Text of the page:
The Braves trade Hank Aaron to the Brewers
When Hank Aaron first received the news that he was returning home, he couldn’t have been farther away from it.
Fourteen hours and five minutes away from Milwaukee, Aaron had been competing with Japanese home run king Sadaharu Oh in a home-run hitting contest in Tokyo. At 40-years-old, Aaron had narrowly defeated the 34-year-old slugger, 10-9, in front of a packed Korakuen Stadium and millions of television viewers worldwide.
Although he was happy he won the contest, Aaron admitted to reporters after the game that he hadn’t had any batting practice for about a month and was enduring the effects of a 17-hour-plane ride. But the ever-modest future Hall of Famer just shrugged off his win as having “patience at the plate.”
But after all of that hard work, the Hammer wouldn’t have an uninterrupted night’s sleep. In the early morning hours on Saturday, Nov. 2, 1974, he received a call from then- Brewers’ president Bud Selig, informing him that he was coming back to Milwaukee, in exchange for outfielder Dave May and a minor league player to be named later.
Aaron, though understandably groggy at the time, couldn’t have been happier with the news.
“When Bud Selig called me,” he said to the New York Times. “I was too sleepy to get all the details…All I know is that I’m happy to be going back home. This is the first time I’ve ever been traded. If I was being traded to a city like Chicago or Philadelphia, I’d frown on it. But I’m going back to Milwaukee… I’m going back home.”
Hank Aaron was born in Mobile, Ala., but his baseball home was in Wisconsin. He played the first 12 years of his career there with the Milwaukee Braves, before they relocated in 1966. After nine years of playing in Atlanta, his career was coming full-circle, as it would end in the same place it began.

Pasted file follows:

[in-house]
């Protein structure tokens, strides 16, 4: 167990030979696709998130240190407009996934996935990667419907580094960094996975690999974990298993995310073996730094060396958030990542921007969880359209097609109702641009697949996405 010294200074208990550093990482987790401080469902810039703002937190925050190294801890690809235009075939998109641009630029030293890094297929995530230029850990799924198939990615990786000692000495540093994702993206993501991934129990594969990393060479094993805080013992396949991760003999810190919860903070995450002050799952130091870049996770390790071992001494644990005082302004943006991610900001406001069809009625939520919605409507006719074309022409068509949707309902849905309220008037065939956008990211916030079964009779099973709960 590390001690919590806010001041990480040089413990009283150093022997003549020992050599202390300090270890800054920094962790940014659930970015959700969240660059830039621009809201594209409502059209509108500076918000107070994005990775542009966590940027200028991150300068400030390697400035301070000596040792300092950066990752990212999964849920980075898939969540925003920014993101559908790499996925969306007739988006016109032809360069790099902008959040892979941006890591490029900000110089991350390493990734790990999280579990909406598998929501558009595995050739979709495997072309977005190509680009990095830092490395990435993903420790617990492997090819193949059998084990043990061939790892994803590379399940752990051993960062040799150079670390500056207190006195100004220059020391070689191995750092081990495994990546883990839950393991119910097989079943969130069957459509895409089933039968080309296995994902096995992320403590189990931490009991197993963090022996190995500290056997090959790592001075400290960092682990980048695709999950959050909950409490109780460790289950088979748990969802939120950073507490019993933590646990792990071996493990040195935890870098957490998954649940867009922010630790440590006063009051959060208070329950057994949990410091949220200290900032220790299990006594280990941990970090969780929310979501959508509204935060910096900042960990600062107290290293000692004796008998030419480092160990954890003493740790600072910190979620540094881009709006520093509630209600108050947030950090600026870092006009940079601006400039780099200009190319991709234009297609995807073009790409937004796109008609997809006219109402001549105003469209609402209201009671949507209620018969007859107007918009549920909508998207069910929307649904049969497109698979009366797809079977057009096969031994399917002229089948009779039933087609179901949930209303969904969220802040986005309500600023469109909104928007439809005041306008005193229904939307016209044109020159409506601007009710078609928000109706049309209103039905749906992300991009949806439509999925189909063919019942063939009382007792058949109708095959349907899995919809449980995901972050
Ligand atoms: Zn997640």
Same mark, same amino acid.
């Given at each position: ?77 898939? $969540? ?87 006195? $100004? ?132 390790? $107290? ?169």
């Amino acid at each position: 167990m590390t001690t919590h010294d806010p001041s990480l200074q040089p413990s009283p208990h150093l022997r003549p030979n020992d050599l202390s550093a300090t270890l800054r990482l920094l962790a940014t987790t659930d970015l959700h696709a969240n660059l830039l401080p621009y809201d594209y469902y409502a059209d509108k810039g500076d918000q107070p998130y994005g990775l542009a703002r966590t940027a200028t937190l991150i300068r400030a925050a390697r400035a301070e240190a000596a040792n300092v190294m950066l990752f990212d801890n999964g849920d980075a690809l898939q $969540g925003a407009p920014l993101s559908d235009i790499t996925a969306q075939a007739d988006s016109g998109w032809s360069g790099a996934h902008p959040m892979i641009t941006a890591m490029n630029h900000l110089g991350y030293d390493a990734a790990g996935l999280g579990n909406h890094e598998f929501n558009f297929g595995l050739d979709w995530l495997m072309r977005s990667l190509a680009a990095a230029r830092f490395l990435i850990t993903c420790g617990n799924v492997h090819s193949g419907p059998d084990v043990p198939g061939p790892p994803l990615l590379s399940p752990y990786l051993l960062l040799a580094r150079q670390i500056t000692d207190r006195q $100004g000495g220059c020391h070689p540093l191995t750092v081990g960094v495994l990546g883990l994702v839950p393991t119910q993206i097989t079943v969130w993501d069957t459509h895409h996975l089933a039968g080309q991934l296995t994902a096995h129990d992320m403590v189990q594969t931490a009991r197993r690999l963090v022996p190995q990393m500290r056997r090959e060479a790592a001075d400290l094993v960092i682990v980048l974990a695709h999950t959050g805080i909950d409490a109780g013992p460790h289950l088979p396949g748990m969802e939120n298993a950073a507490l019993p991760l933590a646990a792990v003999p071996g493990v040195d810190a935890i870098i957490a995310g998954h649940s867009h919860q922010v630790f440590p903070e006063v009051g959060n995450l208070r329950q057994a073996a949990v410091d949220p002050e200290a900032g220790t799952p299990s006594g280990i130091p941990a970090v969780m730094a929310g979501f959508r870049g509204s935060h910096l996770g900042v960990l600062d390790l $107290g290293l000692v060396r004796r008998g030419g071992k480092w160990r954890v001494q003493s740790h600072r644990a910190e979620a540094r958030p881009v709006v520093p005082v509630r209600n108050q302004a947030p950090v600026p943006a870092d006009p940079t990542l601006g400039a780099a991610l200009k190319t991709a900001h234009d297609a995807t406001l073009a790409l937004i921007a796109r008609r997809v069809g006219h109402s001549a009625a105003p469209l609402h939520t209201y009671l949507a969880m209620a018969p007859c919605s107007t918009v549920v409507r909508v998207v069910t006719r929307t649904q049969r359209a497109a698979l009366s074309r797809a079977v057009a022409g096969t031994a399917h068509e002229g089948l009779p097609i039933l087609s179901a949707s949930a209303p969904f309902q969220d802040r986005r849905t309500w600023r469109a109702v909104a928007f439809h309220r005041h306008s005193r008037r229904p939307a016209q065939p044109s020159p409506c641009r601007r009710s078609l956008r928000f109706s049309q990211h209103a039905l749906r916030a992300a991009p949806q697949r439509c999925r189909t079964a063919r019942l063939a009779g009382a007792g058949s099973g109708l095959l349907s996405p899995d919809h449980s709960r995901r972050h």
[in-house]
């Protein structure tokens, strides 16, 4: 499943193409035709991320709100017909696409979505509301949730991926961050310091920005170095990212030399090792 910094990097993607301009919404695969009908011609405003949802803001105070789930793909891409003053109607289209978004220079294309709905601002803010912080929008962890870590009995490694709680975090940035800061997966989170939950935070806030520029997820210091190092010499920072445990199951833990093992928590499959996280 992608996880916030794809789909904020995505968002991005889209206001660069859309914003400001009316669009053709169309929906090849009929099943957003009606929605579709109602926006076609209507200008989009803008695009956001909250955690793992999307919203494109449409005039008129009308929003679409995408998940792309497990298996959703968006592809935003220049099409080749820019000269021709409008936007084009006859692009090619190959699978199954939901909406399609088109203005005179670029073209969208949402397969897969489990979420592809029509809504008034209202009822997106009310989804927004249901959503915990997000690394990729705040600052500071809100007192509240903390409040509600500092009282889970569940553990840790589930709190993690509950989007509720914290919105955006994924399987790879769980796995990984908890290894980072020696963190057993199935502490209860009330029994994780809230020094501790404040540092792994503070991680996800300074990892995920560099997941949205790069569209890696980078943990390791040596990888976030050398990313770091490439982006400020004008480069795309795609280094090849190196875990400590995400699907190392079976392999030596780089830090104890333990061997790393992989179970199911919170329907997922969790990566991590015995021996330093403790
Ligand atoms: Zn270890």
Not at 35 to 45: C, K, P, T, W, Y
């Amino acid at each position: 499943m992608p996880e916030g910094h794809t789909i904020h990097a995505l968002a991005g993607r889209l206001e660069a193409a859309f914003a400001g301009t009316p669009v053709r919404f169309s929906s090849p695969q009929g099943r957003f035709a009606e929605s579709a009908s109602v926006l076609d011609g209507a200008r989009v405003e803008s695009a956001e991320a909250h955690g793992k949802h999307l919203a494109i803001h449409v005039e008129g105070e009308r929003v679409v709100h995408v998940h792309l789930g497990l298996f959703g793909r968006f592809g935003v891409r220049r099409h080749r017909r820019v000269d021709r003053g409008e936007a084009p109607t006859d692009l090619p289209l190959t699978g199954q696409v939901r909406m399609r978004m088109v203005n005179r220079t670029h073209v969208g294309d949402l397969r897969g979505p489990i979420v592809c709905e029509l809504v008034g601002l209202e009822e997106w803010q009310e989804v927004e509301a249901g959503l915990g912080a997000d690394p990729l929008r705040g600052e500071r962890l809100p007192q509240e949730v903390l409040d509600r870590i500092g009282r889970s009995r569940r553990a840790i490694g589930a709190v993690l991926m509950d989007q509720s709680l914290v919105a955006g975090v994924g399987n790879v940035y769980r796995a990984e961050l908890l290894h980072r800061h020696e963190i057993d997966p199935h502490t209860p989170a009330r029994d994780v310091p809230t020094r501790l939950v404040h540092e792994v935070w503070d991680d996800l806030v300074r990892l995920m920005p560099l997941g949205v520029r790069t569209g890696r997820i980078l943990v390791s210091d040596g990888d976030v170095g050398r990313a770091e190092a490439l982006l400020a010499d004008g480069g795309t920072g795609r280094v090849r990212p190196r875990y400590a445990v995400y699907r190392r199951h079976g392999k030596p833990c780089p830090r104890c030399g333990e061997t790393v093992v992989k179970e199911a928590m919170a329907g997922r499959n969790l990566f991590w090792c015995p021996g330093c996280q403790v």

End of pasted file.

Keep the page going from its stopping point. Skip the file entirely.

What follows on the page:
But Aaron was a very different player in 1974 than he had been while playing in Milwaukee. He had certainly grown into one of the all-time greats – as he felled Babe Ruth’s home-run record that year and was in the process of setting modern records for RBI and total bases – but had also suffered from the wear and tear that comes with time. He recognized it, and had realistic expectations about the next, and final, stage of his career.
“I’m not even sure I can play next year,” he said to the New York Times, “with new pitchers, new towns, a whole new ball game for me. But it’s a tremendous challenge. It’s not like going back to West Palm Beach for Spring Training. But I’m going to do the best I can.”
Aaron would make the All-Star team again in 1975 – a remarkable feat at the age of 41 – and spent most of his last two years as a designated hitter and in left field. While his numbers dropped, those two years helped to cement his place in the baseball record-books, as he finished his career with 3,771 hits, 755 home runs, which still stands as the second most in major league history, 2,297 RBI and 6,856 total bases – two records that have yet to be broken.
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He would accept a position as Vice President of the Atlanta Braves in 1976, overseeing player development and their farm system, transitioning into a role as one of the game’s great statesmen. His playing days were over, but Aaron had no qualms on how he finished his 23-year-long career.
“I guess this is the last press conferences, boys, but at least I’m going out a little better than Nixon did,” he joked with reporters in the era of Watergate. “I’m grateful for everything, though. No regrets. I didn’t get much recognition at the beginning, but when it did come, man, it came in waves. I’m totally fulfilled.”
Alex Coffey was the communications specialist at the National Baseball Hall of Fame
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